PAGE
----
German consumer prices have risen at their fastest pace since October 2008 this month, data has shown, offering early signs that inflation in the eurozone may be high enough to concern the European Central Bank.
EU-harmonised prices (HICP) grew two per cent year on year in January compared with 1.9 per cent in December.
The hike was partly driven by gains in volatile commodities prices, but analysts said domestic underlying inflationary pressures were increasing and the case for one or more ECB interest rate hikes within months had been strengthened.
"The case for record low interest rates is getting weaker," said Berenberg Bank economist Holger Schmieding, who expects two rate hikes of 25 basis points each in September and December.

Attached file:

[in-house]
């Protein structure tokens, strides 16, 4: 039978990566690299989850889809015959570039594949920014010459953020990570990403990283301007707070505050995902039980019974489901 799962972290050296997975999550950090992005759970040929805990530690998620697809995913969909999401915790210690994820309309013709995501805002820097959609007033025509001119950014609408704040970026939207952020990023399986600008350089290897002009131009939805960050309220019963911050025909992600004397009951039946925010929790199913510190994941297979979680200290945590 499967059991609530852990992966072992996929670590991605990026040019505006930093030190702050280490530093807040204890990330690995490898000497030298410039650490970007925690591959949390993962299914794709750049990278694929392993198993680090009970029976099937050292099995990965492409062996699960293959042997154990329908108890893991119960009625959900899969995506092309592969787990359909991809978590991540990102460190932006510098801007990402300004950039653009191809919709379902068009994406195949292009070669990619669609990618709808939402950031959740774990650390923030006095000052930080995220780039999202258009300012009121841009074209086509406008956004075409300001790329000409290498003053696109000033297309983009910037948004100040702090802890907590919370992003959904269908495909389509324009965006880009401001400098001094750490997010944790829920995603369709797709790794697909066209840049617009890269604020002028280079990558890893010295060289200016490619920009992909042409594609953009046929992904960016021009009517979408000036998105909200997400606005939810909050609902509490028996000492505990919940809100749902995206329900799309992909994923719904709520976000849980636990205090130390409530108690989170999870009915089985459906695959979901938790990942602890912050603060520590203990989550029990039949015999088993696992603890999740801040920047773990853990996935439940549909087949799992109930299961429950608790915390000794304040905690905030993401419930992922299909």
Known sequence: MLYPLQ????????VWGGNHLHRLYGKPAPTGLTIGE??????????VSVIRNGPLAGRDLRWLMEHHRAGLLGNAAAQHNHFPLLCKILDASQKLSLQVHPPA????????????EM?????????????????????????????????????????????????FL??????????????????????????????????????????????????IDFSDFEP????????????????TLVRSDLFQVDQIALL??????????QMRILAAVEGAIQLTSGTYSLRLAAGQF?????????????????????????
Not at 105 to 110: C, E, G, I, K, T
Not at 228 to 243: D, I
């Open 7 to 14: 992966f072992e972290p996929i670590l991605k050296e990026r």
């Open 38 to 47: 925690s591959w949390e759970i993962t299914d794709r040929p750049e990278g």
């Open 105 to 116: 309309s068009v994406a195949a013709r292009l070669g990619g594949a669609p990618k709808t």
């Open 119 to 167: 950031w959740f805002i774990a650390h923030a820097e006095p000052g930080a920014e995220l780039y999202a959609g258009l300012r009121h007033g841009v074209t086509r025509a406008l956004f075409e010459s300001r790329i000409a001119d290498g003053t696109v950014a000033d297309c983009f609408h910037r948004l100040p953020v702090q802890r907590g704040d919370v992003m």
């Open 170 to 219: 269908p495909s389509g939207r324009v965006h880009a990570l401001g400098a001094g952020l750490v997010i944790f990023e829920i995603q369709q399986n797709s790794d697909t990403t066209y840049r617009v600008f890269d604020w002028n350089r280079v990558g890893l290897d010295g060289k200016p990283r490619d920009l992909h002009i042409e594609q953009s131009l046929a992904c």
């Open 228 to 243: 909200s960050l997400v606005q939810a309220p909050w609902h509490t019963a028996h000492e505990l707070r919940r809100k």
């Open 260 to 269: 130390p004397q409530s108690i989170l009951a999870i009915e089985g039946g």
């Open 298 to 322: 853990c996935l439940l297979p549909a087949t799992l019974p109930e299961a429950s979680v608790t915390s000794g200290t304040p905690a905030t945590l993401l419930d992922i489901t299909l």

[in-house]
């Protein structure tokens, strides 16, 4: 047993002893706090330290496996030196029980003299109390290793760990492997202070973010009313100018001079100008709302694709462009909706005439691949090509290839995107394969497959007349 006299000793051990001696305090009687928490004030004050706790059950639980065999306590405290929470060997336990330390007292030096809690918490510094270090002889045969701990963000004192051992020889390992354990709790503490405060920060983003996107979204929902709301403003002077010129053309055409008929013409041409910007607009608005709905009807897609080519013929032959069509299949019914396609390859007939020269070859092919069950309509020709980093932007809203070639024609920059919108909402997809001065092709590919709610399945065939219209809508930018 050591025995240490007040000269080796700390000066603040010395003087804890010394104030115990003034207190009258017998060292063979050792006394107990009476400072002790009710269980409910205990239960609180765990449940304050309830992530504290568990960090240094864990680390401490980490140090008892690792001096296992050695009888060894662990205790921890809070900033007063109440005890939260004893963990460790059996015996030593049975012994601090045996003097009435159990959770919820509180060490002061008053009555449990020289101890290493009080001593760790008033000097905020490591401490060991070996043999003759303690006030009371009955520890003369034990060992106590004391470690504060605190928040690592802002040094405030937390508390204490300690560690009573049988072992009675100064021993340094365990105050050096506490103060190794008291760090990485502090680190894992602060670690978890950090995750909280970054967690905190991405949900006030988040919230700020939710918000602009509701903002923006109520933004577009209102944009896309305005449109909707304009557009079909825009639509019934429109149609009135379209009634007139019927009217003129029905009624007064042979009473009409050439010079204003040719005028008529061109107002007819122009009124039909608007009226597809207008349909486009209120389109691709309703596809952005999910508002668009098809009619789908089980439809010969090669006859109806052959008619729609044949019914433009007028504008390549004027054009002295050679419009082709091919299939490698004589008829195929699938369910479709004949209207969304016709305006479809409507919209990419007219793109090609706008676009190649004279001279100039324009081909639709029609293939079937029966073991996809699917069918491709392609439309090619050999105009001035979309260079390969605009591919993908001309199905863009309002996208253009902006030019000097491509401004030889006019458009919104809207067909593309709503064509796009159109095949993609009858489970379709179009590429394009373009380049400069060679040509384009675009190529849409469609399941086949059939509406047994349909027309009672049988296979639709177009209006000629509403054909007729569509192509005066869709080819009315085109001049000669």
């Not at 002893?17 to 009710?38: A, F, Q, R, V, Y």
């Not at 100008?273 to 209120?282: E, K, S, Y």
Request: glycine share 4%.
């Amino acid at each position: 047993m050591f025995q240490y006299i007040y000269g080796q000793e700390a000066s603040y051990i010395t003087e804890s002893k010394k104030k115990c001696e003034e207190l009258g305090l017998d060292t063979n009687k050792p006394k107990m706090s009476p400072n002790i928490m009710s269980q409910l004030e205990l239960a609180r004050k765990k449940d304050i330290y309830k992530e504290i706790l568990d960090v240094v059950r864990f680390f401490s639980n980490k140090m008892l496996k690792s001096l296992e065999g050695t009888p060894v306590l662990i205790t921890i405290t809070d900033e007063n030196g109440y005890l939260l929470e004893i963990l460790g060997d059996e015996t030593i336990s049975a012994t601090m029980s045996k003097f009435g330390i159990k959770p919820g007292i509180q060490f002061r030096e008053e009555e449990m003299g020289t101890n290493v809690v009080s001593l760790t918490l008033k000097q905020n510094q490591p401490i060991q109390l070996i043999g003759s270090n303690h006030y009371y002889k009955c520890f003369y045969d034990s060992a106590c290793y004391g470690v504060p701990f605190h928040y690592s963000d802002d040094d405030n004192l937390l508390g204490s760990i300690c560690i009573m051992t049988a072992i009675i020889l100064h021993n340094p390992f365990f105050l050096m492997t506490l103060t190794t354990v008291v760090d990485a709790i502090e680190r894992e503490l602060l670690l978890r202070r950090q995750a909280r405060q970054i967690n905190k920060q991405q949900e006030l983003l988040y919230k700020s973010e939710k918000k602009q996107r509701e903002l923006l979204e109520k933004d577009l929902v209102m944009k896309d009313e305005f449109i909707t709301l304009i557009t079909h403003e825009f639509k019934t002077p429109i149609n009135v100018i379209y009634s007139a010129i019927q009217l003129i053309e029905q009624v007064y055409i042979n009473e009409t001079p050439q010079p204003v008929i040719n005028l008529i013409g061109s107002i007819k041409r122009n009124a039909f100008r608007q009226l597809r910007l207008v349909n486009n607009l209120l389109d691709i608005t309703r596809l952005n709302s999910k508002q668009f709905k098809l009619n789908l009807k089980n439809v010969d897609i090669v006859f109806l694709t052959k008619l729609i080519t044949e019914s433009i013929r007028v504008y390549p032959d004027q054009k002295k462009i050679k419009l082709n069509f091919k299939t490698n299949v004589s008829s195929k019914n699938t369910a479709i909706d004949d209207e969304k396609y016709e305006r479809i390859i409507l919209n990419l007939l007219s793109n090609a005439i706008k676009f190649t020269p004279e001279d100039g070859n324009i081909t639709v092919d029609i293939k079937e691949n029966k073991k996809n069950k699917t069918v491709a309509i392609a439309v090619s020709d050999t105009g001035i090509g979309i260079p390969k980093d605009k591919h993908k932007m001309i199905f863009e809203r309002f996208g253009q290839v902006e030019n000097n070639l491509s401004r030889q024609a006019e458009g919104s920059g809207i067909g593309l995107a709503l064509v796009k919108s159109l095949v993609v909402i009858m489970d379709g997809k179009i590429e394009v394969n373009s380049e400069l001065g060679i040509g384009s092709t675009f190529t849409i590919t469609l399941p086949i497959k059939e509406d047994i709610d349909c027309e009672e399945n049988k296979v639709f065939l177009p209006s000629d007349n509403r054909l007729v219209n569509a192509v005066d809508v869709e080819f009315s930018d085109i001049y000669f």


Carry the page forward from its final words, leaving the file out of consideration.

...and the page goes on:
Apart from further rises in costs of heating oil and fuels as well as fruits and vegetables, Germany's Federal Statistics Office said January's increase was also due to a national hike in electricity bills to subsidize renewable energy producers.
"Inflation is back in Germany," said UniCredit economist Alexander Koch, who warned of upward pressure on the core inflation rate throughout 2011.
"The recent strong rise in corporate input prices and also selling price expectations signal a clear upward trend in underlying inflation," he said.
Adding to the more hawkish tone, ECB policymaker Lorenzo Bini Smaghi said rises in imported goods prices carried an inflation risk for the euro area, pushing up the single currency and Bund yields.
Germany's HICP accounts for just over a quarter of the weighting for the euro zone-wide data that defines price stability under ECB policy, and inflation there has in the past undercut the euro zone average.
January's figure fractionally surpasses the ECB's target rate for the euro area of close to, but below, two per cent and causes a dilemma for policymakers worried about possible recessions in countries like Greece, Ireland and Portugal.
City A.M. Reporter